By Lucy Gornall
If you’re struggling with joint pain, there are plenty of low-impact exercises you can still do. Whether you're looking for a low-impact weight loss workout to stay fit while guarding your joints, a fitness solution for seniors, or you're after a safe cardio solution like one of the best elliptical machines, we've got you covered (and while you're at it, some of the best supplements for joints can certainly help you on the road to recovery).
Whilst you might not feel comfortable going on runs, throwing heavy free weights around or thrashing it out on the boxing bag if your joints are hurting, you can still find ways to break a sweat, boost your fitness and build muscle.
But why might your joints be hurting?
‘The root issue tends to be, and I’m generalising here, repetitive incorrect form that has caused imbalance and ultimately injury.’
Ben uses running as an example.
‘I’d put good money on everyone knowing at least one person that’s hurt themselves from running. Does that mean that running is a bad form of exercise and we shouldn’t do it? No! Running like any exercise requires good form. Many people assume that you can just get up and go running but to start running long distances repetitively, it starts with proper running technique.’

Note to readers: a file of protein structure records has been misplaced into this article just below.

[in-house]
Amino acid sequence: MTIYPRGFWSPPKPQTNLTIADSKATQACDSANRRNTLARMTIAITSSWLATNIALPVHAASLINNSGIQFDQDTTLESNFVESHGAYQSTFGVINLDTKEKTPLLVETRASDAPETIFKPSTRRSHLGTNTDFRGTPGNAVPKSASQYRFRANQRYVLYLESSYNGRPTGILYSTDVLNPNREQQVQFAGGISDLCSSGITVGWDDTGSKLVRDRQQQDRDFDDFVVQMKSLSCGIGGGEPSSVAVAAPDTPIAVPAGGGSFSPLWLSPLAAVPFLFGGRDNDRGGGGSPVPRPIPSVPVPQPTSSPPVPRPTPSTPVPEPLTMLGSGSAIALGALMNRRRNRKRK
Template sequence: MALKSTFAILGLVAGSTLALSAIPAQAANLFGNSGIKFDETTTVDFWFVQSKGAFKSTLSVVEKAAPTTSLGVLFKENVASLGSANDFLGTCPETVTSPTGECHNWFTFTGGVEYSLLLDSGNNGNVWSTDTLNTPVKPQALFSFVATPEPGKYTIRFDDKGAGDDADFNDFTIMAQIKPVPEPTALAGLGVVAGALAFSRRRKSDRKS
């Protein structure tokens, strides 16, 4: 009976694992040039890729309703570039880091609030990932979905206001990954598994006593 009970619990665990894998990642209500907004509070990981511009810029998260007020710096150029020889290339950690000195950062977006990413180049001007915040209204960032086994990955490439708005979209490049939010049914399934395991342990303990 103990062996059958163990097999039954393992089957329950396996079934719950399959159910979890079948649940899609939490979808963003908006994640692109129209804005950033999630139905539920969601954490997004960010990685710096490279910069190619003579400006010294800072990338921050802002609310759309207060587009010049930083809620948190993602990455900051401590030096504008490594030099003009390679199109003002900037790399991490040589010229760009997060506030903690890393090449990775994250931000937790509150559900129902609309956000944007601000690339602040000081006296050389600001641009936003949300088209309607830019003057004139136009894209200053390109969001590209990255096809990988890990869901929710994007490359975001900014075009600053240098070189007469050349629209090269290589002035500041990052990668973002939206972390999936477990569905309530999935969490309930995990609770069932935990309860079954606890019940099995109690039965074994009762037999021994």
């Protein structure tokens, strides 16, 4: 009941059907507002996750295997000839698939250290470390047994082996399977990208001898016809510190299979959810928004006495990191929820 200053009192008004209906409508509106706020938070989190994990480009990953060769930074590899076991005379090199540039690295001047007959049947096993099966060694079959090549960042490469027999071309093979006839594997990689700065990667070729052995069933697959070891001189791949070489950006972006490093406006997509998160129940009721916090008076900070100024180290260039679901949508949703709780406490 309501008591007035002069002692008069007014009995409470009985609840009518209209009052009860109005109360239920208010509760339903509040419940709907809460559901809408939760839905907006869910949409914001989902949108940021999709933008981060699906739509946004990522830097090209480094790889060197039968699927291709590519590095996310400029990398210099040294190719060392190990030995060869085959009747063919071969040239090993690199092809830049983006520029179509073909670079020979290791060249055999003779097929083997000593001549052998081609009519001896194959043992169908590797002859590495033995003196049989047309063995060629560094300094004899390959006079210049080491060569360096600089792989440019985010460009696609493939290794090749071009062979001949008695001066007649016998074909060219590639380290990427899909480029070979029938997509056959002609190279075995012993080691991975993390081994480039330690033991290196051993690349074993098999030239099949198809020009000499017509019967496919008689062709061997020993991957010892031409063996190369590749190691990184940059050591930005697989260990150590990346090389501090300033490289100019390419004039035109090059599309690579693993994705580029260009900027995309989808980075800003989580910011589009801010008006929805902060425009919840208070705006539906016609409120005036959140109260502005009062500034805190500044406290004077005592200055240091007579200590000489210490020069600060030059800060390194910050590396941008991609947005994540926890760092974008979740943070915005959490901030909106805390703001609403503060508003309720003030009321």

He adds that if you run with poor technique then over a 5km distance you will have performed thousands of repetitions, one foot after the other. Perfect running form, however, can save you from incurring injuries.
‘If your form is off then that’s thousands of times you’re putting your body under strain and leaving it open to injury. Add in, then running multiple times a week and quite quickly you have tens of thousands of repetitions leading you down a one way road to injury.’
Ben adds that it is important to get to the root cause of the joint problem by seeking professional advice from a physio or osteopath.
‘Although there isn’t a quick fix for joint problems, you shouldn’t avoid any issues, or else you'll be forced to forgo activities you might otherwise want to enjoy.’
But meanwhile, there are exercises you can do that won’t cause any extra pain on your joints and will still allow those feel-good exercise endorphins to run high. Give these a go...
Fixed Cardio Machines